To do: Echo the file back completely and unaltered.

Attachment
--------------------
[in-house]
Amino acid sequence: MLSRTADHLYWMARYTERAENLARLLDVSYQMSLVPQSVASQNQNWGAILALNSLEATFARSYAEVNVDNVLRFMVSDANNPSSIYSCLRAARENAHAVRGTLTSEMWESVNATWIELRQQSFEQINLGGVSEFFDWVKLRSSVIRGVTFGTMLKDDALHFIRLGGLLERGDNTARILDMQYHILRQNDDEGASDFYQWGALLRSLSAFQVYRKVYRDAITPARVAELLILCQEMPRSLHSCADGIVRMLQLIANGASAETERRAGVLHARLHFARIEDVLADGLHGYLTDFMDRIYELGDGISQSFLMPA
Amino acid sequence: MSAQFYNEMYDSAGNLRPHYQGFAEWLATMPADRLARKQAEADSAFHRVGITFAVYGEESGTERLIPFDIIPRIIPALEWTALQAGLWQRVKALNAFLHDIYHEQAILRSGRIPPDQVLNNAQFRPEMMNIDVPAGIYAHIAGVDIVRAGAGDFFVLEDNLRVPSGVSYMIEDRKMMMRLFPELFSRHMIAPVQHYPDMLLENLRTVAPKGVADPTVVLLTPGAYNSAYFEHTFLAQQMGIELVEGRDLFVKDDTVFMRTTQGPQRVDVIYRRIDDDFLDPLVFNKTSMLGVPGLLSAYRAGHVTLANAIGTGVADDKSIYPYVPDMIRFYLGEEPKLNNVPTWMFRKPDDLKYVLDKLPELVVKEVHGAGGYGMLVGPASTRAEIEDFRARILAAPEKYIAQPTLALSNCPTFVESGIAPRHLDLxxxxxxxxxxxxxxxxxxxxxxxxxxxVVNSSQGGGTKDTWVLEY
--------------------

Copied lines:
[in-house]
Amino acid sequence: MLSRTADHLYWMARYTERAENLARLLDVSYQMSLVPQSVASQNQNWGAILALNSLEATFARSYAEVNVDNVLRFMVSDANNPSSIYSCLRAARENAHAVRGTLTSEMWESVNATWIELRQQSFEQINLGGVSEFFDWVKLRSSVIRGVTFGTMLKDDALHFIRLGGLLERGDNTARILDMQYHILRQNDDEGASDFYQWGALLRSLSAFQVYRKVYRDAITPARVAELLILCQEMPRSLHSCADGIVRMLQLIANGASAETERRAGVLHARLHFARIEDVLADGLHGYLTDFMDRIYELGDGISQSFLMPA
Amino acid sequence: MSAQFYNEMYDSAGNLRPHYQGFAEWLATMPADRLARKQAEADSAFHRVGITFAVYGEESGTERLIPFDIIPRIIPALEWTALQAGLWQRVKALNAFLHDIYHEQAILRSGRIPPDQVLNNAQFRPEMMNIDVPAGIYAHIAGVDIVRAGAGDFFVLEDNLRVPSGVSYMIEDRKMMMRLFPELFSRHMIAPVQHYPDMLLENLRTVAPKGVADPTVVLLTPGAYNSAYFEHTFLAQQMGIELVEGRDLFVKDDTVFMRTTQGPQRVDVIYRRIDDDFLDPLVFNKTSMLGVPGLLSAYRAGHVTLANAIGTGVADDKSIYPYVPDMIRFYLGEEPKLNNVPTWMFRKPDDLKYVLDKLPELVVKEVHGAGGYGMLVGPASTRAEIEDFRARILAAPEKYIAQPTLALSNCPTFVESGIAPRHLDLxxxxxxxxxxxxxxxxxxxxxxxxxxxVVNSSQGGGTKDTWVLEY